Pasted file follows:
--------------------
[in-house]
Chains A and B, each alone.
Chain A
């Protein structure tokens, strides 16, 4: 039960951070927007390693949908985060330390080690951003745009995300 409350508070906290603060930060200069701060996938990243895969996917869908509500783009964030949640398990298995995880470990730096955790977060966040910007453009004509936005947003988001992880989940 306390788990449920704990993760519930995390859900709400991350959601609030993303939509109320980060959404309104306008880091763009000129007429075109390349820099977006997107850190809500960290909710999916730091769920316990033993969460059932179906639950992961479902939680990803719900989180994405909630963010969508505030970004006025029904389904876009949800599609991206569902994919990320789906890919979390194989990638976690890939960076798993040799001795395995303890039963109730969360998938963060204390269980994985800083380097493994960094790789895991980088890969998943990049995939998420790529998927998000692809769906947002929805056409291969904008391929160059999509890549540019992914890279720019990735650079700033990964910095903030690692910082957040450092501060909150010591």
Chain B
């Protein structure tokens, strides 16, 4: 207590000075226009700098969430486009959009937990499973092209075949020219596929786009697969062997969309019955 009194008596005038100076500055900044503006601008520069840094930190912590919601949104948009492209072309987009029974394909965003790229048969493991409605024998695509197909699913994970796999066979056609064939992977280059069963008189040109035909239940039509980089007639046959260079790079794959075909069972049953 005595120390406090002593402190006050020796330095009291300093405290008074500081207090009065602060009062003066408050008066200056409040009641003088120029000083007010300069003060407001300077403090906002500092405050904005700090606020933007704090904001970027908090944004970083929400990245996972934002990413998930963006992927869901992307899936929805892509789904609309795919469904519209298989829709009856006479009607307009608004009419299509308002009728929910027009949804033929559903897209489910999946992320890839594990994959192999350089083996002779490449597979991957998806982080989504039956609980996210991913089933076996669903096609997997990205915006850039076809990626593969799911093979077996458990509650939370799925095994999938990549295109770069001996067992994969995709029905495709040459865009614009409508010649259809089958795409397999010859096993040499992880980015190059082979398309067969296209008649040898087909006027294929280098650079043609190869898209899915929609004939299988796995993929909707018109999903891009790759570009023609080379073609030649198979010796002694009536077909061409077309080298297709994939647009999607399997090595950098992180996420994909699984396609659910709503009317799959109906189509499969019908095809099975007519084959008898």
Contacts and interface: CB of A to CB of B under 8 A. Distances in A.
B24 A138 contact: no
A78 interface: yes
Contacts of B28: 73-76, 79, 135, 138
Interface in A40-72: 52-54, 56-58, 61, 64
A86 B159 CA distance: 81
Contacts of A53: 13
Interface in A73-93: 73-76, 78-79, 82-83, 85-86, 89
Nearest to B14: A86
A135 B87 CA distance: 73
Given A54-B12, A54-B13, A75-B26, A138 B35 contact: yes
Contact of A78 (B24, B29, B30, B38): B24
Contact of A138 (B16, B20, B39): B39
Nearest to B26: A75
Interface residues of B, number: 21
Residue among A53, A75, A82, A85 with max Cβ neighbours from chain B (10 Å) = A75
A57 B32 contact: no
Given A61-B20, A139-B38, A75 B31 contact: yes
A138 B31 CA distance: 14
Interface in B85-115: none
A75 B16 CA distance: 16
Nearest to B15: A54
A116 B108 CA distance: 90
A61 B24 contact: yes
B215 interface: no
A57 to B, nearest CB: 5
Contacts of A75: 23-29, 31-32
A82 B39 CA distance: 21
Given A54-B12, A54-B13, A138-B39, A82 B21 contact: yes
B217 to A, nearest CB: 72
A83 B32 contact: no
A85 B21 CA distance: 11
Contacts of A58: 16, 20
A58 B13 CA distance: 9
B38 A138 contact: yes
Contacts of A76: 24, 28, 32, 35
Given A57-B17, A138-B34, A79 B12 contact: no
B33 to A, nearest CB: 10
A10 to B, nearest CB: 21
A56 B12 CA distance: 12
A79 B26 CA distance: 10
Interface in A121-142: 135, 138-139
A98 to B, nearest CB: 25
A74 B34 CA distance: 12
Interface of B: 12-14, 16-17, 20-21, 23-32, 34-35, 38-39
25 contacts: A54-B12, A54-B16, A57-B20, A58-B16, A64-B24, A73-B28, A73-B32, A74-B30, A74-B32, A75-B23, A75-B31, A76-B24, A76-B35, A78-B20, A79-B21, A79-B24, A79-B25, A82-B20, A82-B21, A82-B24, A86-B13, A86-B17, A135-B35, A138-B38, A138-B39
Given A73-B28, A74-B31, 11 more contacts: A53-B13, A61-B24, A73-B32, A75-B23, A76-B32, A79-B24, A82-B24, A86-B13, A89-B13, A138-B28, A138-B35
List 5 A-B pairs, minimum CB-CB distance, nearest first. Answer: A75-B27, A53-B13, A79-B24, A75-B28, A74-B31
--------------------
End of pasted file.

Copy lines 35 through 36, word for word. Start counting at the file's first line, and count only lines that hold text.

Given A54-B12, A54-B13, A138-B39, A82 B21 contact: yes
B217 to A, nearest CB: 72